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The rise of artificial intelligence has brought us more advanced toys. If AI Barbie and her talking robotic friends are going to raise our kids, what would their parenting style be like? In the nineties, Tamagotchi was hugely popular amongst kids; the egg-shaped key chain wasn’t to be let out of your sight, ever. Four simple buttons gave millions of children worldwide the ability to feed snacks and attention to their pixelated pet, so as to keep it from dying a tragic, virtual death. The rise of artificial intelligence, machine learning and face, emotion and voice recognition technologies, has advanced our robotic friends in a very significant way. It might feel awkward for you to confide in Pepper, Zora, Hello Barbie, Alice, Sam, Kayla, iCat, Paro or Robear, but for some kids, this is their daily reality. New ways of communicating  Because of the use in healthcare and education, the ethical debate about robotic companionship has existed for quite some time. Society has debated the social value of interactive robotic contact. Some people feel that robots can only simulate understanding and empathy and are therefore only second-best to real human contact. There are also worries about the way social robots change human communication. If our companions do not have a consciousness, this could make us humans less social. Some even say that kids commandeering Alexa could lead to them talking in the same way to their parents. Others point to the valuable communication that social robots could stimulate. An example is robots that are used to help autistic kids make contact with other people. But we need different frameworks and categories to understand these new forms of interaction. As a study has confirmed, kids categorize their robotic friends somewhere in the range between ‘alive’ and ‘not alive’. Strikingly, there is no such debate regarding smart toys - except some debates about safety concerns - even though the Internet of Toys is an emerging market that can heavily influence the identity development and socialisation of young kids. ...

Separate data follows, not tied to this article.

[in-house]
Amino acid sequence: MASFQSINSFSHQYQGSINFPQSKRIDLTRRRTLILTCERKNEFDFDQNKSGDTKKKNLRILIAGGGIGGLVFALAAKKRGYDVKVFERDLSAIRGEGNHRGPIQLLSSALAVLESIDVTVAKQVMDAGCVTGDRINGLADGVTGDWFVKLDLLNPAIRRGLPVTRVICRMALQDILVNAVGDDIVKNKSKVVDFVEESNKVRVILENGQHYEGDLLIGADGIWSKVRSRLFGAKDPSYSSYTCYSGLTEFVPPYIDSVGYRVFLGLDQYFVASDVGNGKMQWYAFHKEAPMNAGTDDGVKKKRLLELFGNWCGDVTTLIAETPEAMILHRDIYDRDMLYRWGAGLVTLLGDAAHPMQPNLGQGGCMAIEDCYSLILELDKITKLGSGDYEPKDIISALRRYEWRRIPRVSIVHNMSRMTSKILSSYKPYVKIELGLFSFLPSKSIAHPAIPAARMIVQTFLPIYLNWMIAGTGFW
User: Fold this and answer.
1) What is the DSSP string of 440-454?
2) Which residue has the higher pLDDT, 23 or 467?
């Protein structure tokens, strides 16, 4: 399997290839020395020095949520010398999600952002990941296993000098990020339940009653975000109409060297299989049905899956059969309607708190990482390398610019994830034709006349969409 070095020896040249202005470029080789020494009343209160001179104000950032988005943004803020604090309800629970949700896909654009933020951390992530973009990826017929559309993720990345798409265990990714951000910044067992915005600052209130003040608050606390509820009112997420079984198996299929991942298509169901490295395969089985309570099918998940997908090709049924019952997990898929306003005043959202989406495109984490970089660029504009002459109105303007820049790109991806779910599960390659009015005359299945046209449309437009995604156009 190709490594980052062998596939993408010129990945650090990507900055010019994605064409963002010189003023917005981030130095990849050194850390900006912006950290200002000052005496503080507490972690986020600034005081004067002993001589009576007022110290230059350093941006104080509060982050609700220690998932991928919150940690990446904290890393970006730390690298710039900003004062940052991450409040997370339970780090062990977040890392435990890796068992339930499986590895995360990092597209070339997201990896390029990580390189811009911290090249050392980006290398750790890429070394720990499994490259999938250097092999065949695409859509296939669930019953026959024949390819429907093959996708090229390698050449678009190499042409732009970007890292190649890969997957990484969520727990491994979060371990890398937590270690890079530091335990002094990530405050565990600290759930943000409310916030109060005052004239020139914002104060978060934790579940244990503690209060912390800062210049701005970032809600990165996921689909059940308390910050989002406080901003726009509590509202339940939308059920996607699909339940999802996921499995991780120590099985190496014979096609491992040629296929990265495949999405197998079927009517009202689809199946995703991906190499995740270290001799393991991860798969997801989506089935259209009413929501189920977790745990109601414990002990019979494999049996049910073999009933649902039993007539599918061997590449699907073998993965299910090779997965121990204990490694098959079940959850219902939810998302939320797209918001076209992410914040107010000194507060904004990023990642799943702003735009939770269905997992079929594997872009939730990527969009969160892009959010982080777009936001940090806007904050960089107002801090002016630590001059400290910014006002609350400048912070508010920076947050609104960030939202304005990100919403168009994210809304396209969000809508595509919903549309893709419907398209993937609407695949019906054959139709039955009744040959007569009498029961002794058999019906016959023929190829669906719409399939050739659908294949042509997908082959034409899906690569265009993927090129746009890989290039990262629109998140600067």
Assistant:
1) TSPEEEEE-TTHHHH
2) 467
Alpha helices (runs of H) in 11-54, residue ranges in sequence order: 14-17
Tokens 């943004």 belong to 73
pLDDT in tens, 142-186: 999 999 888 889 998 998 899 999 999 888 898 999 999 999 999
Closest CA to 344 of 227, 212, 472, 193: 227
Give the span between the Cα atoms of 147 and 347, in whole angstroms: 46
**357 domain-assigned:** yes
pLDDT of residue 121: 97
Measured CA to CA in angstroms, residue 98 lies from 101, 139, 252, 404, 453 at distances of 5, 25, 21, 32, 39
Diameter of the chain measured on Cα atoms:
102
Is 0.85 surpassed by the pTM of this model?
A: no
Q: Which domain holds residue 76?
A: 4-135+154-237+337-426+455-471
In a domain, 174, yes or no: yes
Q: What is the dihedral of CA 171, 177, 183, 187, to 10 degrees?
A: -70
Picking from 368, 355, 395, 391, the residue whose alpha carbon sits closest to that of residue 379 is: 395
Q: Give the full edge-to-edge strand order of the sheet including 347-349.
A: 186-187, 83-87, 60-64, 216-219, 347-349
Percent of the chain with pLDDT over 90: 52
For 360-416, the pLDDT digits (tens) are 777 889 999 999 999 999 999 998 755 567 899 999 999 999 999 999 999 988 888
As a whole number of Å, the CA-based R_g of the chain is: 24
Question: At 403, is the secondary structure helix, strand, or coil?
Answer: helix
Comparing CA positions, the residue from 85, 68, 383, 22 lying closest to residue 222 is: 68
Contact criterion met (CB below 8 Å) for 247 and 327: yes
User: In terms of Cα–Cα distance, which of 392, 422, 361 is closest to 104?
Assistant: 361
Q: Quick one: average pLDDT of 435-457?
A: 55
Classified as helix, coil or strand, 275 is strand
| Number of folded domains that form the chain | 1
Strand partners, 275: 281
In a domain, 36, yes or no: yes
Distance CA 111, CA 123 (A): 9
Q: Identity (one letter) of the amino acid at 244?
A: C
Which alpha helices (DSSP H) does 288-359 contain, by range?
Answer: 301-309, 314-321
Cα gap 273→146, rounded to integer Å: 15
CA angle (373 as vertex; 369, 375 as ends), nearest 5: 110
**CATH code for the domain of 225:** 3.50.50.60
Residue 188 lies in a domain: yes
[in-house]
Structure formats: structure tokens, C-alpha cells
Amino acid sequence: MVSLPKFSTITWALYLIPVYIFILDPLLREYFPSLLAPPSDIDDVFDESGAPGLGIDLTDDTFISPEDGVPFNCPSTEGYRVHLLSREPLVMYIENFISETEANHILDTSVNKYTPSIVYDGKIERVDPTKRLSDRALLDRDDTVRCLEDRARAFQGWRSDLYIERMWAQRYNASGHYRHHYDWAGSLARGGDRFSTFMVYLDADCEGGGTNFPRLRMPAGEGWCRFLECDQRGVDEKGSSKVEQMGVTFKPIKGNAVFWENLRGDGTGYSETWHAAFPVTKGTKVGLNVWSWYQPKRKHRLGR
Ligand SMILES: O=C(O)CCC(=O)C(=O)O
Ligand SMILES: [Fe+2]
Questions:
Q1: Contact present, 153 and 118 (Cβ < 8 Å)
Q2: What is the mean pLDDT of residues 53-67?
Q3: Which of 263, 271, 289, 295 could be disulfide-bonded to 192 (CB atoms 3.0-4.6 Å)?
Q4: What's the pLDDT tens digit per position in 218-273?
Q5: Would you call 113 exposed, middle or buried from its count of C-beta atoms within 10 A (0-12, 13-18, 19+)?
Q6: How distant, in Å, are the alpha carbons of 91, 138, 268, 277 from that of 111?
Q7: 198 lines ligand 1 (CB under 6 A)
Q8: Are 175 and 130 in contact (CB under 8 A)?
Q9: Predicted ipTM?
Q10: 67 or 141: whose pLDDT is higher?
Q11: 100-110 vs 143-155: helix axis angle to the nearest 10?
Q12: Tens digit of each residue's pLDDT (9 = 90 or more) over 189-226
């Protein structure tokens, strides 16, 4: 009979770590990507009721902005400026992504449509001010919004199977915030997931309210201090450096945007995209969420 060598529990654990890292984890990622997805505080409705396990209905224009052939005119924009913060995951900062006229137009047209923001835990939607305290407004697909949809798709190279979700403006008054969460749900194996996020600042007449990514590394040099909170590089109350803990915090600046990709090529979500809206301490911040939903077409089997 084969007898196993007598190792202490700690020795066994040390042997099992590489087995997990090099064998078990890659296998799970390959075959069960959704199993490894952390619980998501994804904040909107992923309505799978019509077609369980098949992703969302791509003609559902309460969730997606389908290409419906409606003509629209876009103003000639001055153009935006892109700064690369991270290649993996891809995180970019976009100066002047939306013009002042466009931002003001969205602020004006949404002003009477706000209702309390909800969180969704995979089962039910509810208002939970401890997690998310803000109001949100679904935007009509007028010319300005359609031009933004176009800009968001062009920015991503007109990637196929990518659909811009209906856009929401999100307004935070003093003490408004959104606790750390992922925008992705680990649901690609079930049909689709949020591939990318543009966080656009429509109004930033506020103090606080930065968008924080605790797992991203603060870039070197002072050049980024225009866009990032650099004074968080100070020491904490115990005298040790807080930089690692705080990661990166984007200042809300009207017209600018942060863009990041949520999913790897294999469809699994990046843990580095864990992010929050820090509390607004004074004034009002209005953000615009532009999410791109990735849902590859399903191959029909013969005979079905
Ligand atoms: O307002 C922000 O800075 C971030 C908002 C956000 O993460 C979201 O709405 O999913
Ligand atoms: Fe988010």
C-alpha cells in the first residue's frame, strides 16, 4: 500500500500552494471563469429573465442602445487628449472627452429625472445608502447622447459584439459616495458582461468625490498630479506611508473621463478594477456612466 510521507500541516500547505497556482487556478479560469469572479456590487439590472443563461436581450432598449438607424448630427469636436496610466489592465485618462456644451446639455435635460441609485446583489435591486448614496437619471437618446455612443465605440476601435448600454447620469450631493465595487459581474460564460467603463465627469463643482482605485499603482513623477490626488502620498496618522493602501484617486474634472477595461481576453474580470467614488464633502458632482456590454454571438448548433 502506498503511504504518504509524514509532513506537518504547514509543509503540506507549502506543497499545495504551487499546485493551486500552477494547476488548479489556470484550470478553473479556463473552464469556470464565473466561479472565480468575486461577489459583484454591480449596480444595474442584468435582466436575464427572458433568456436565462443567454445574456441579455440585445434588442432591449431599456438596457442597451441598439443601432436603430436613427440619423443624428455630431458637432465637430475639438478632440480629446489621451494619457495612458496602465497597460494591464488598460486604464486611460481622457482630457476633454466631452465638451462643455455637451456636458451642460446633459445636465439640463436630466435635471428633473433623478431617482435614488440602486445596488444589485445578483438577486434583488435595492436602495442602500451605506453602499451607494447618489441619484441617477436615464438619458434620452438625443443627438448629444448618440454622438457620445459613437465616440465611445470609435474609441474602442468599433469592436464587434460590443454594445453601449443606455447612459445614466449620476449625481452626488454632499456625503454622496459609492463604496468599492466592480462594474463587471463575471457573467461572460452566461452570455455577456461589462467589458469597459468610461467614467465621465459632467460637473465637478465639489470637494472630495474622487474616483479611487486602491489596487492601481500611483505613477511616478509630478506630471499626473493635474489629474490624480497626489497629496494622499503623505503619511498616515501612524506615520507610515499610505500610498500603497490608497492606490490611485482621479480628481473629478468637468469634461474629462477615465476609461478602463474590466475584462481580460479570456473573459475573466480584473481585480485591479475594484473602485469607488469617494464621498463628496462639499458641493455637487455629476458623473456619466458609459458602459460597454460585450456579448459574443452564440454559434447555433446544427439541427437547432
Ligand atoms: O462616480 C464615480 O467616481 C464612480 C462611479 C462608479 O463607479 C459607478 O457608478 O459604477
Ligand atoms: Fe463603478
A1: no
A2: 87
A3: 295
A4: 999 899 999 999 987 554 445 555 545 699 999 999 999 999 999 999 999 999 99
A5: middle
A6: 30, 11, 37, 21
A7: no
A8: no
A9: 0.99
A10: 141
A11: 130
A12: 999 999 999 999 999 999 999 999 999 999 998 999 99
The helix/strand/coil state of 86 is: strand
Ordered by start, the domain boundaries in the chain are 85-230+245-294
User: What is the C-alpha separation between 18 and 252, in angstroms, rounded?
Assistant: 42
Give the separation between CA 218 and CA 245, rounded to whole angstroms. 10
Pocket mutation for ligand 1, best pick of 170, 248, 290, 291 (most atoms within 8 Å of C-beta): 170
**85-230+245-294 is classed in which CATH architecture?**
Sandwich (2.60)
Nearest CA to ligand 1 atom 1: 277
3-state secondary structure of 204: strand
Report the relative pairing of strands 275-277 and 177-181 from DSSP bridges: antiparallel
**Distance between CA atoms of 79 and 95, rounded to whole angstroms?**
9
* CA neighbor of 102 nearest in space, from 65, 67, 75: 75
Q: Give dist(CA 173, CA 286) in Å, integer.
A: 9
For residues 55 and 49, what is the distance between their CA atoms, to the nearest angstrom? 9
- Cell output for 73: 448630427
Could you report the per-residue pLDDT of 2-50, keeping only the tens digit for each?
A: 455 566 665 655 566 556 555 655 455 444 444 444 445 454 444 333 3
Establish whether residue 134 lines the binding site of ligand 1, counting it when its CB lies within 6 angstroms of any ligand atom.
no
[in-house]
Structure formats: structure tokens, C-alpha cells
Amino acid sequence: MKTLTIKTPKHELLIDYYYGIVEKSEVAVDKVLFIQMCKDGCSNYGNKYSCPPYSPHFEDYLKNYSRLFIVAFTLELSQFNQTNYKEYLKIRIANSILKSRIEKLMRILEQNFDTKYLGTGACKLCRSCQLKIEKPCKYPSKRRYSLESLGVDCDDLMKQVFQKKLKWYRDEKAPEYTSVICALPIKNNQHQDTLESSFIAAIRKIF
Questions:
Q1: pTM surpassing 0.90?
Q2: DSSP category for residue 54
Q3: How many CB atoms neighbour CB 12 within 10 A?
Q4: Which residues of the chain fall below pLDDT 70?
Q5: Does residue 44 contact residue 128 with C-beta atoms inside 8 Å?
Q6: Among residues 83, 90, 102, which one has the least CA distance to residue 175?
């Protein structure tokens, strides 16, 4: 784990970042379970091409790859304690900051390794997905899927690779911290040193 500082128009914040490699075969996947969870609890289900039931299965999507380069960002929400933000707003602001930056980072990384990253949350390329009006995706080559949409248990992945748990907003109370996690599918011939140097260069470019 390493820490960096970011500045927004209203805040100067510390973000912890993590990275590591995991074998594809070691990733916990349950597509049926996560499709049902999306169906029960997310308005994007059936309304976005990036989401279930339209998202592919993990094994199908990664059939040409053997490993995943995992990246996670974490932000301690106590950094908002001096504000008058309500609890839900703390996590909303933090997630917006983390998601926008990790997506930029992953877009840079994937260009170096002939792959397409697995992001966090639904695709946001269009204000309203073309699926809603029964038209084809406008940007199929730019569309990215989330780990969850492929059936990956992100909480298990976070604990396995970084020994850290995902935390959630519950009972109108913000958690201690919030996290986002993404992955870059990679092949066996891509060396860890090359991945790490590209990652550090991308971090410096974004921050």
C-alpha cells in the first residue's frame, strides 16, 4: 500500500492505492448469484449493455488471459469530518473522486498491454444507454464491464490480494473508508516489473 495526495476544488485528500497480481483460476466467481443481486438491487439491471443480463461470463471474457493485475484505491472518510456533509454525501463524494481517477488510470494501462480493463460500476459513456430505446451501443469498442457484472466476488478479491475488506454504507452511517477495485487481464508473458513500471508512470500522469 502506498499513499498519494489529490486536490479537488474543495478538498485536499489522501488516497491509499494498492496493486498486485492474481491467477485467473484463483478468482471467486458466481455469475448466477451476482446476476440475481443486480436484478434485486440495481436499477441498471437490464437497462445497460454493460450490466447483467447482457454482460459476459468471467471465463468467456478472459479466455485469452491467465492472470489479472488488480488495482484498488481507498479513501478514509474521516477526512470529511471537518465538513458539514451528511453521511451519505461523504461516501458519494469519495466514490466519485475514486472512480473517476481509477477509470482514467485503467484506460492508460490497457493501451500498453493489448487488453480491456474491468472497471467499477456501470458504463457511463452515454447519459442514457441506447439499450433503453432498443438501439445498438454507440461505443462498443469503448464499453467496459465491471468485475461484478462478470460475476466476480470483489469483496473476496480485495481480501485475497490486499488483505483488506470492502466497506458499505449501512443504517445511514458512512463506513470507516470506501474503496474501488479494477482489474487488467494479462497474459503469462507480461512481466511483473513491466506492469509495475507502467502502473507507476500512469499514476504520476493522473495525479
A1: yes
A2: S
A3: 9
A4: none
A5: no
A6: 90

Quelle: A guide to parenting with AI Barbie
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